Walking hand in hand on the beach at Scheveningen in a strong gale on our last night together, I felt a supreme sort of happiness. Lucrece, on the other hand, acted very depressed. She said that I was withholding from her my involvement with some other girl who obviously had intentions of marrying me. So I told her about my hometown girl, Polly, who for the preceding three years had been my main love. But that had all ended when I had reported to the Trenton as an ensign just out of the Naval Academy. Polly had flatly stated that she wouldn't accept the two-year waiting period required before ensigns could get married. She said she couldn't picture herself following a naval officer from port to port as a service wife. So she'd given me a good-riddance talk before I sailed to Europe. I had remained firm on not leaving the Navy. Marrying her and then settling down somewhere to raise a family weren't my cup of tea. That's the way it was for me. At this, Polly had flippantly given me an "it's-best-that-we-part" talk and gone home to Allentown, Pennsylvania. Our parting was cool and final. Lucrece accepted this explanation, but it didn't dissipate the dark cloud that she was brooding under.

Thus, Lucrece's letter, which I reread a fifth time, only heightened my desire to get her out of Holland before things got much worse. If she stayed, the opportunity to have a long life together would evaporate. So I had to start calculating how she might be extricated from Holland and delivered to the United States, there to wait for me. Work through the Red Cross? Use political pull with a Pennsylvania senator? Get her to escape in a fishing boat and go over to England, as they had done at Dunkirk? It could be done, and I had to find a way to do it.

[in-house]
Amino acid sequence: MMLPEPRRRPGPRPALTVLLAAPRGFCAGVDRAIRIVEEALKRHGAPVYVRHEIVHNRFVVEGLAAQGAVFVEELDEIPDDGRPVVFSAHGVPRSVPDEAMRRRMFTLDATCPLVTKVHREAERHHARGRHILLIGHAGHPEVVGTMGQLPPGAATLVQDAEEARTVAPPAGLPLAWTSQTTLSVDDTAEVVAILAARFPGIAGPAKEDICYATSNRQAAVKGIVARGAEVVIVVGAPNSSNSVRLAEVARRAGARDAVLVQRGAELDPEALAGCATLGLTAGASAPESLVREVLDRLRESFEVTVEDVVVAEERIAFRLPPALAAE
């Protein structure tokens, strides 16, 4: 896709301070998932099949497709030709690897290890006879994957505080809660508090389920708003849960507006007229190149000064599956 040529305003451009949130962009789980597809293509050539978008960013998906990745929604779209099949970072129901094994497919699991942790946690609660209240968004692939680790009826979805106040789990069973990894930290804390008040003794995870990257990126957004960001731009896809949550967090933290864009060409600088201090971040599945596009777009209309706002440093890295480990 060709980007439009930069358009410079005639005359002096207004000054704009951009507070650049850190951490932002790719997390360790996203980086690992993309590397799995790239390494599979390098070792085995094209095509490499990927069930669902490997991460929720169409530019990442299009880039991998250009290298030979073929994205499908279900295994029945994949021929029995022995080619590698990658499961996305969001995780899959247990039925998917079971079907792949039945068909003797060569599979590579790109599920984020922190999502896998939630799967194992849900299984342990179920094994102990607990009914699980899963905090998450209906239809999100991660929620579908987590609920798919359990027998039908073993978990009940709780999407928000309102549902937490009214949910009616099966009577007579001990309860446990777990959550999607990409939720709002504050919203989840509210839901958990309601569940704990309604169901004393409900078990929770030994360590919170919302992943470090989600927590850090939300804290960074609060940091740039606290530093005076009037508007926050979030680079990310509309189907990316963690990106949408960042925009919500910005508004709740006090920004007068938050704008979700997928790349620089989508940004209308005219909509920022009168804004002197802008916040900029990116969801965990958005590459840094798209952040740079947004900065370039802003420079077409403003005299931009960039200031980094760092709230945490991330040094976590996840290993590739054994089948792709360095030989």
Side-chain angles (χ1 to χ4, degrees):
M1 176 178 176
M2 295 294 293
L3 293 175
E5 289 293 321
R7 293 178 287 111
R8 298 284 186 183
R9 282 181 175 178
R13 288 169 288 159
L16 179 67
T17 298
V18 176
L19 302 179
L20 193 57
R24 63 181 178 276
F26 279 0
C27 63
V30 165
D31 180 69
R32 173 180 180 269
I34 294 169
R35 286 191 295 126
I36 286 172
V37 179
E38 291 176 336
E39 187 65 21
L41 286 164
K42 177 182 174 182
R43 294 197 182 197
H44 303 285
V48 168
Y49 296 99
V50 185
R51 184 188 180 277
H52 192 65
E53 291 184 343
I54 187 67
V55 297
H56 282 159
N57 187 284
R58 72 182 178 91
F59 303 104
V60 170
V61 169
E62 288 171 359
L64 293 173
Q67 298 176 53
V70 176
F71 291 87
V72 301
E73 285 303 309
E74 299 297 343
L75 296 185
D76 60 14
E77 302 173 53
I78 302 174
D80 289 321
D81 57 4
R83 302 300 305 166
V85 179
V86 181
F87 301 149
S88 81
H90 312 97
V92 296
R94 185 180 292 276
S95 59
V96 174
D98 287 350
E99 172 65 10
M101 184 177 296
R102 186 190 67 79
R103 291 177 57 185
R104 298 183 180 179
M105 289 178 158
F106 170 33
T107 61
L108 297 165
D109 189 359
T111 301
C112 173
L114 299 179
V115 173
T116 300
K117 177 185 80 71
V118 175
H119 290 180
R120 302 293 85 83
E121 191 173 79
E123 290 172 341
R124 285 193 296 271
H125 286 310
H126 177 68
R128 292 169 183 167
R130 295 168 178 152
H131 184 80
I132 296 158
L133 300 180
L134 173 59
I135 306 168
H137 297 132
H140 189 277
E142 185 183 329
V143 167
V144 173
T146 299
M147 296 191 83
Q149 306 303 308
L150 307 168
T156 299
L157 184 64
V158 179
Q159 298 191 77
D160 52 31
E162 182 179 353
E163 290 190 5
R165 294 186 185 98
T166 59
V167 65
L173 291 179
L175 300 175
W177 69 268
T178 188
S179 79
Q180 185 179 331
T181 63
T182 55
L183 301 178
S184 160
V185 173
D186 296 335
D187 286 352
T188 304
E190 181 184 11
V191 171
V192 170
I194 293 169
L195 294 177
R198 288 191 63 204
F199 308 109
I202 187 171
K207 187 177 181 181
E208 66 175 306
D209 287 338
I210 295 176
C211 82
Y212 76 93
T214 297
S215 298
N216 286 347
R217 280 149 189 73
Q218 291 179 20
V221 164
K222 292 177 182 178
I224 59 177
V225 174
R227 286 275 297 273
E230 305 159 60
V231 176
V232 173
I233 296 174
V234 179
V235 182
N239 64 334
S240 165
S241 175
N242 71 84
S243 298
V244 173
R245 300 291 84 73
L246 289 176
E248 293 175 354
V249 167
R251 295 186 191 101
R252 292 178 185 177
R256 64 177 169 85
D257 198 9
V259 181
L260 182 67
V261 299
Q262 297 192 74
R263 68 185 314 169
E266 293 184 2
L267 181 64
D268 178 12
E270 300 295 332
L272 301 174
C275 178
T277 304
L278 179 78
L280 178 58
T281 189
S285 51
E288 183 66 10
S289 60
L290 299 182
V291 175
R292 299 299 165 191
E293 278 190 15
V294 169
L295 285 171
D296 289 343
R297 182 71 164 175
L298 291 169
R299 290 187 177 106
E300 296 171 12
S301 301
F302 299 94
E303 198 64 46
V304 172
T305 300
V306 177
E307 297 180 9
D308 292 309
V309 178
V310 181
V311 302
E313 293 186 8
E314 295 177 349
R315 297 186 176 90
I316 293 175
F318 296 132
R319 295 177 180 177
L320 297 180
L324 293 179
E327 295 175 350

Instead of clearing my mind of the past, I tossed around in my bunk most of the night, cluttering my thoughts with things unrelated to the tough business of becoming a good destroyer-man. Hence, bleary-eyed from lack of sleep, I went to the eight in the morning quarters for the few hands who had to man the R oe during the holiday weekend. Ozzie Wiseman, a sharp-faced, dour person with pale white skin, was there. He was the man I was relieving and the tutor for my first few days on board the R oe. Charley King, another '38er, signified, "Here" when his name was called. Charley was a tall, handsome, well-browned man with a slow, amused smile for everything except when the skipper was berating the officers. Blatz Helm, my classmate, had also answered, "Here." Round-faced, semibald, and with a broad toothy smile, he looked like he should be in a beer ad. In fact, he was called "Blatz" because of the large amounts of Blatz beer he consumed while at the Naval Academy. Then, of course, there was B.D., who was relieved as duty officer and who later departed for the St. George Hotel to join his wife for the remainder of the weekend. The early morning quarters were a required, meaningless routine since there were no special instructions to be promulgated, but the duty watch would rapidly report any of their relievers who didn't show up. And the grimy, soot-stained Navy Yard buildings beyond the dock where the R oe was tied up made the dockside environment depressing.